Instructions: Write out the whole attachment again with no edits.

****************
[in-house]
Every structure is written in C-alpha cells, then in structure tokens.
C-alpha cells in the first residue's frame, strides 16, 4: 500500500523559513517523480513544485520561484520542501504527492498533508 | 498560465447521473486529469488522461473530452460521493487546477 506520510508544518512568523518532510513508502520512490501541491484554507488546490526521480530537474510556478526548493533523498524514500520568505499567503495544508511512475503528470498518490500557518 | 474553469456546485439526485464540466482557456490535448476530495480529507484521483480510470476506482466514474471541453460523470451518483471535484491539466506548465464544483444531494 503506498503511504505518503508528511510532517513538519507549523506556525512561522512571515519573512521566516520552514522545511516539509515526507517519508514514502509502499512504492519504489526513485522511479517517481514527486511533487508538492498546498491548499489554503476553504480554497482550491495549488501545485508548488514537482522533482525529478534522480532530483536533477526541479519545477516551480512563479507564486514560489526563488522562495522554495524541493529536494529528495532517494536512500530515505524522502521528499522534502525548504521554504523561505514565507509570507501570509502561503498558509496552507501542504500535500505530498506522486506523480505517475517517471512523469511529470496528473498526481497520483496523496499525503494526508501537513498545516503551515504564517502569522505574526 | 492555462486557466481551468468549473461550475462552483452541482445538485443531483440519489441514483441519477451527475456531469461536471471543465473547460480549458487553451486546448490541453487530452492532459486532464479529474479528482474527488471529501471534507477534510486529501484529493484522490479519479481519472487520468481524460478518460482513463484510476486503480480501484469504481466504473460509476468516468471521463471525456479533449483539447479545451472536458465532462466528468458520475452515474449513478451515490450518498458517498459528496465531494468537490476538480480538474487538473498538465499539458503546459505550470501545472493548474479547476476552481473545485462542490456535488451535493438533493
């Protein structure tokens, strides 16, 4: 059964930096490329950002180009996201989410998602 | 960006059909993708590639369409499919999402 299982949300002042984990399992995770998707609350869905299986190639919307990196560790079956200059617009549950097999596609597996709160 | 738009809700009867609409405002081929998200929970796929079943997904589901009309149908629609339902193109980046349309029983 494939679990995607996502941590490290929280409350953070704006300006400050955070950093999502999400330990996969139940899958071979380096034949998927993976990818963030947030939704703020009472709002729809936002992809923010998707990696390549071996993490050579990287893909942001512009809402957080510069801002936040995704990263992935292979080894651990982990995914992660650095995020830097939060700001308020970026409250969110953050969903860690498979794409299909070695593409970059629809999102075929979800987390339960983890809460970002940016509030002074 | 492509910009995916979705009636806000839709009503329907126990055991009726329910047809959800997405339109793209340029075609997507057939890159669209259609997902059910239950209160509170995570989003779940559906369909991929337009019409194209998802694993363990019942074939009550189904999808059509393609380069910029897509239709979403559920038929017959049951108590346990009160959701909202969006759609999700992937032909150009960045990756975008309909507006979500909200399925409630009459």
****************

[in-house]
Every structure is written in C-alpha cells, then in structure tokens.
C-alpha cells in the first residue's frame, strides 16, 4: 500500500523559513517523480513544485520561484520542501504527492498533508 | 498560465447521473486529469488522461473530452460521493487546477 506520510508544518512568523518532510513508502520512490501541491484554507488546490526521480530537474510556478526548493533523498524514500520568505499567503495544508511512475503528470498518490500557518 | 474553469456546485439526485464540466482557456490535448476530495480529507484521483480510470476506482466514474471541453460523470451518483471535484491539466506548465464544483444531494 503506498503511504505518503508528511510532517513538519507549523506556525512561522512571515519573512521566516520552514522545511516539509515526507517519508514514502509502499512504492519504489526513485522511479517517481514527486511533487508538492498546498491548499489554503476553504480554497482550491495549488501545485508548488514537482522533482525529478534522480532530483536533477526541479519545477516551480512563479507564486514560489526563488522562495522554495524541493529536494529528495532517494536512500530515505524522502521528499522534502525548504521554504523561505514565507509570507501570509502561503498558509496552507501542504500535500505530498506522486506523480505517475517517471512523469511529470496528473498526481497520483496523496499525503494526508501537513498545516503551515504564517502569522505574526 | 492555462486557466481551468468549473461550475462552483452541482445538485443531483440519489441514483441519477451527475456531469461536471471543465473547460480549458487553451486546448490541453487530452492532459486532464479529474479528482474527488471529501471534507477534510486529501484529493484522490479519479481519472487520468481524460478518460482513463484510476486503480480501484469504481466504473460509476468516468471521463471525456479533449483539447479545451472536458465532462466528468458520475452515474449513478451515490450518498458517498459528496465531494468537490476538480480538474487538473498538465499539458503546459505550470501545472493548474479547476476552481473545485462542490456535488451535493438533493
């Protein structure tokens, strides 16, 4: 059964930096490329950002180009996201989410998602 | 960006059909993708590639369409499919999402 299982949300002042984990399992995770998707609350869905299986190639919307990196560790079956200059617009549950097999596609597996709160 | 738009809700009867609409405002081929998200929970796929079943997904589901009309149908629609339902193109980046349309029983 494939679990995607996502941590490290929280409350953070704006300006400050955070950093999502999400330990996969139940899958071979380096034949998927993976990818963030947030939704703020009472709002729809936002992809923010998707990696390549071996993490050579990287893909942001512009809402957080510069801002936040995704990263992935292979080894651990982990995914992660650095995020830097939060700001308020970026409250969110953050969903860690498979794409299909070695593409970059629809999102075929979800987390339960983890809460970002940016509030002074 | 492509910009995916979705009636806000839709009503329907126990055991009726329910047809959800997405339109793209340029075609997507057939890159669209259609997902059910239950209160509170995570989003779940559906369909991929337009019409194209998802694993363990019942074939009550189904999808059509393609380069910029897509239709979403559920038929017959049951108590346990009160959701909202969006759609999700992937032909150009960045990756975008309909507006979500909200399925409630009459």